This book runs the gamut of topics related to water-saving gardens, including examples of low-water-need gardens, info on xeriscaping, rain barrel how-tos, basics of designing and maintaining a rain garden, how to use landscaping to reduce your water needs (berms, swales, terraces, hardscaping, etc.), using grey water, irrigation options, adding shade and windbreaks, reducing lawns and other water hogs, using native and other well-adapted plants, the best timing for planting to reduce water need, low-water-use container gardening, creating a lush look despite low water use, and a list of 101 plants recommended for water-saving gardens. Whew! There’s a ton of info in less than 250 pages, and that includes clear full-color photographs of many of the materials and techniques described.
There are definitely a bunch of things from this book that I’m going to incorporate into my garden planning for Firefly Cottage. I was already planning on lots of native plants and we added two rain barrels when we had the roof and gutters redone last fall, but there’s so much more to think about. Have you used any water-saving techniques in your yard or garden? I’d love to hear what’s worked for you!
Knitting Block by Block is Nicky Epstein’s latest book of knitting stitch patterns. Knitters will recognize Epstein‘s name, as she has written numerous books and many, many patterns. I’m admittedly already a fan of her edging books and was excited to see a new stitch pattern book from her.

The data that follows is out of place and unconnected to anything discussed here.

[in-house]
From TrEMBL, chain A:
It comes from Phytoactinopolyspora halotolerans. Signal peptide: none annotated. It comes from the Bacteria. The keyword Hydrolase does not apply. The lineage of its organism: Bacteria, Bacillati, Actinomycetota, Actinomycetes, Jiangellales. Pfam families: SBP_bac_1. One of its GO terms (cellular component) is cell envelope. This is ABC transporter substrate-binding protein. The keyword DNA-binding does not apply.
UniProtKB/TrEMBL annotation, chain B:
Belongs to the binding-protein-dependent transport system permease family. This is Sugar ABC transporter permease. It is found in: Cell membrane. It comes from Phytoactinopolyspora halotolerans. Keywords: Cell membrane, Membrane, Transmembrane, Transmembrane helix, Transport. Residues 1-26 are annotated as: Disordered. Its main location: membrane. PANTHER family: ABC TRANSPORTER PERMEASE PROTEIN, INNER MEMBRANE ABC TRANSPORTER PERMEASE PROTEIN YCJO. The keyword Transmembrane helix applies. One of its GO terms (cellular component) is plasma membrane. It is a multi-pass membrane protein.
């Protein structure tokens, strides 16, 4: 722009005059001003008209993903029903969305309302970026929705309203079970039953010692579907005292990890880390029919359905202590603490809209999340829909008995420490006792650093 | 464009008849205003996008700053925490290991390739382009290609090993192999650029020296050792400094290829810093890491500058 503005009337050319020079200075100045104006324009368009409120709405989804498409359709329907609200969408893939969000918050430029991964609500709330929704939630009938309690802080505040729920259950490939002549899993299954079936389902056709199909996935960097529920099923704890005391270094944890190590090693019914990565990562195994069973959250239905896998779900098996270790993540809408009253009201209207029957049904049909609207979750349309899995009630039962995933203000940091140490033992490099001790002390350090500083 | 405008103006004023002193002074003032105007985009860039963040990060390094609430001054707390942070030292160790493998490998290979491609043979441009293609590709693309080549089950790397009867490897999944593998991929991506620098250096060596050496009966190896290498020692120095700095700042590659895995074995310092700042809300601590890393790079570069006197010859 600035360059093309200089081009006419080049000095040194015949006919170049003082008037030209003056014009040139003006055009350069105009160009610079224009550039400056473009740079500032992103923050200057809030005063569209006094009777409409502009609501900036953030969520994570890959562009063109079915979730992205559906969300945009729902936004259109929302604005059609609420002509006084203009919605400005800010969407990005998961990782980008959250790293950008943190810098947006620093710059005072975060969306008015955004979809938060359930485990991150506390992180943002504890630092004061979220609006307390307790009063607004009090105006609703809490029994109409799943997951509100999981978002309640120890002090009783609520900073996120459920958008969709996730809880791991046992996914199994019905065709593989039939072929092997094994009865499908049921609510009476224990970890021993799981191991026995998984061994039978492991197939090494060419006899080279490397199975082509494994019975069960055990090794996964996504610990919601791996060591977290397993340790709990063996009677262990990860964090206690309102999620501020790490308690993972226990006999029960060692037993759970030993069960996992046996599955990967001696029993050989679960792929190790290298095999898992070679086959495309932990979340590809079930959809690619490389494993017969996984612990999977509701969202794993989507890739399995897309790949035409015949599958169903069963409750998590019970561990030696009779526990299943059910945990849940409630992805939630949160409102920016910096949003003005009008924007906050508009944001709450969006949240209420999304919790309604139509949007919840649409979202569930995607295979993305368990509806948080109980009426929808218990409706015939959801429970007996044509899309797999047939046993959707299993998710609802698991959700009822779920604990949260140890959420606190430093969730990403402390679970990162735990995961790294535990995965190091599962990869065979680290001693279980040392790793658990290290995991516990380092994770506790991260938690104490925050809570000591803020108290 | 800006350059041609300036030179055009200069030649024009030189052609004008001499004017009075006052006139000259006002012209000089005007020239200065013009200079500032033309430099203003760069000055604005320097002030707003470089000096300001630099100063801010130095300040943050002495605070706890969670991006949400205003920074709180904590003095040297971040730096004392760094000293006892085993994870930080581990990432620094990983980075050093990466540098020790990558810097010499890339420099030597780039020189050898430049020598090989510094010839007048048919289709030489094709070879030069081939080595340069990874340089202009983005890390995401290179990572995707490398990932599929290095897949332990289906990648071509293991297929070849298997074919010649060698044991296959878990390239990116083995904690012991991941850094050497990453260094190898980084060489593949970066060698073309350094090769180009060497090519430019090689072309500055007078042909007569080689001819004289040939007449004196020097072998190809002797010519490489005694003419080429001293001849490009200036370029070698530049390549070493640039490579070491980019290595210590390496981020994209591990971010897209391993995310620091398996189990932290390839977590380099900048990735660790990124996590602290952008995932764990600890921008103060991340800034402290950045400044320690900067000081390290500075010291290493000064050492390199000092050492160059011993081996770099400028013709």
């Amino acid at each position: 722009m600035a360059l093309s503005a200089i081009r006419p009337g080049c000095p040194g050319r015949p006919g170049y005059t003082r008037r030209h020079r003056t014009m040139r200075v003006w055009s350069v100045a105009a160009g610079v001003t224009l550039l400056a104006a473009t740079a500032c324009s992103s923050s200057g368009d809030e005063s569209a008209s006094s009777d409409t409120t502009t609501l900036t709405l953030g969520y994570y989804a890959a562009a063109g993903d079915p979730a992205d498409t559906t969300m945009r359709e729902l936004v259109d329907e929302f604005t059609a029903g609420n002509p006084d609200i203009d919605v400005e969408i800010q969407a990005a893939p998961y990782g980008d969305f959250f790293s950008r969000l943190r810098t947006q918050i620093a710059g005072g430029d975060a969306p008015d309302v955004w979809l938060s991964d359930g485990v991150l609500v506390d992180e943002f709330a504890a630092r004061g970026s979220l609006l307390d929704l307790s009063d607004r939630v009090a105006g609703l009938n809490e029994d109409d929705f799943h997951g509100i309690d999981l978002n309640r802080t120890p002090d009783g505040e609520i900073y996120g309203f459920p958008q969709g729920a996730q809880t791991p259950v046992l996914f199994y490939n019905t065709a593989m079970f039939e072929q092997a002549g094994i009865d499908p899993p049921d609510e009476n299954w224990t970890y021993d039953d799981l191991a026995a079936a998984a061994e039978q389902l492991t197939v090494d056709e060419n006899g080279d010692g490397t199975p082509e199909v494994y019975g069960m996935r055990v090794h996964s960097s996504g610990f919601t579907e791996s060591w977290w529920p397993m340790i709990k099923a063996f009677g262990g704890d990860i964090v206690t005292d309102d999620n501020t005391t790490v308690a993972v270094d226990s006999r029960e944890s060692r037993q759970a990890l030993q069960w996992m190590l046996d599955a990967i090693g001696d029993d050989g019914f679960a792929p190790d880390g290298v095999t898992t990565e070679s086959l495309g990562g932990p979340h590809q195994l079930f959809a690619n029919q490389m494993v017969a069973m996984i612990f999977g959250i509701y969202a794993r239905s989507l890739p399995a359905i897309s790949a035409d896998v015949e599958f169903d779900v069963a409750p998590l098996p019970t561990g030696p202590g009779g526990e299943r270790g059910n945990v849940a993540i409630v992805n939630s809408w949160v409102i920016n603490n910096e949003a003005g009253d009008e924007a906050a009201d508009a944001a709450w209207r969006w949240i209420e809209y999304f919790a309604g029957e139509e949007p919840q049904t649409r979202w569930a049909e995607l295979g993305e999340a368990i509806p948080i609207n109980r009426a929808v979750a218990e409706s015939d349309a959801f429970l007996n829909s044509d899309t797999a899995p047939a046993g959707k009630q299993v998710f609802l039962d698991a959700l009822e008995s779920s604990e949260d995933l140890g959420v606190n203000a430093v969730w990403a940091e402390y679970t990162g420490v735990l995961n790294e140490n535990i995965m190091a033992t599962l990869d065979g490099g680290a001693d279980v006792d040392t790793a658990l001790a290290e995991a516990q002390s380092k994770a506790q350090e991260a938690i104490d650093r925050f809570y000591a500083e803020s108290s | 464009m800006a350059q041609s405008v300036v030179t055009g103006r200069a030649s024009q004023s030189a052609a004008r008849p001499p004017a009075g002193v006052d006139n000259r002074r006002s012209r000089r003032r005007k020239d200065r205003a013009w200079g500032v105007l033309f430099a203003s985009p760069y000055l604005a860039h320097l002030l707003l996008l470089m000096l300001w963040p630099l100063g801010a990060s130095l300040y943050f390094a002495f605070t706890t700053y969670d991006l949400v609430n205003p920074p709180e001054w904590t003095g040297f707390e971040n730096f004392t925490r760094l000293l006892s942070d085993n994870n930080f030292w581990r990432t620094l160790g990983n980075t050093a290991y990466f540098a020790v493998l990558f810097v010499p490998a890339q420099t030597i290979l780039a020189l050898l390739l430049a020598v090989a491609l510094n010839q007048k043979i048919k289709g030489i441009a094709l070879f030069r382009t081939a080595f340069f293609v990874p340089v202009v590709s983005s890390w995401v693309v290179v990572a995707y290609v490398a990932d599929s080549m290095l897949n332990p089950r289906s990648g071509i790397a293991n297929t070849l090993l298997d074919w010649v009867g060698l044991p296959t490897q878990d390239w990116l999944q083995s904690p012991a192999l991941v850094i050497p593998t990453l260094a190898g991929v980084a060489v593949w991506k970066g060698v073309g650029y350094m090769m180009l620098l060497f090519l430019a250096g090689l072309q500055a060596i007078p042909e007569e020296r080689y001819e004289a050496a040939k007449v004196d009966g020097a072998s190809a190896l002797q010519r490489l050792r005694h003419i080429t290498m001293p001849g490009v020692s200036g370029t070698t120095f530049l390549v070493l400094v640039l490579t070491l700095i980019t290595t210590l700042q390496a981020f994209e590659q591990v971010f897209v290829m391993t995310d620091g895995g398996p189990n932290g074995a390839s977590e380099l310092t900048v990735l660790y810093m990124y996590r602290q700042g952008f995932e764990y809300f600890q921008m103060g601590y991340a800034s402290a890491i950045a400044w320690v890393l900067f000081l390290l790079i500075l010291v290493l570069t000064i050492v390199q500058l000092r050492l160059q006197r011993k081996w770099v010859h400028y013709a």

Since I’m increasingly writing patterns of my own, I love books like this where I can get inspiration for stitch patterns. The projects and stitch patterns here are beautifully photographed, which also provided me inspiration for improving my own photography skills (always a work in progress!). As many of you know, K and I are hoping to buy our next home in the near future and I have dreams of setting up a nice photography spot with great lighting and space to do photographic justice to my larger knitting and sewing projects.
The basic building blocks here start with the most simple and work from there, but even the most basic garter and stockinette stitches look gorgeous. Each block is listed with a color photograph of a sample, written instructions, and a chart. It’s one of the best designed stitch dictionaries I’ve seen and it’ll be a pleasure to use as a reference. There’s plenty of white space on each page, so it doesn’t feel as cluttered and claustrophobic as many stitch dictionaries do.
One of the goals I’ve set for myself this year for knitting is to practice my colorwork. I’ve already completed one project (it’s a swap-package secret until the recipient has it in hand!), but I’m super looking forward to trying some of the neat designs in this book.
In addition to the stitch pattern blocks, there are also a baker’s dozen of full patterns for projects including bags, hats, toys, and more. I’m very happy to have added this to my personal library of knitting books!
I’m a way big fan of Simon Pegg, and a pretty big fan of Jeff Bridges, but even the combination of those two powerful forces (not even considering Jeff Bridges’ hair, which is unstoppable here) could not save this movie. Kirsten Dunst is her usual ho-hum self, crossing the line into annoying more than once, and the plot is as predictable as possible.
I know that I read the book (by Toby Young) shortly after it was published, but it clearly failed to make an impression on me as I really couldn’t tell you how the movie differed from the original. Meh.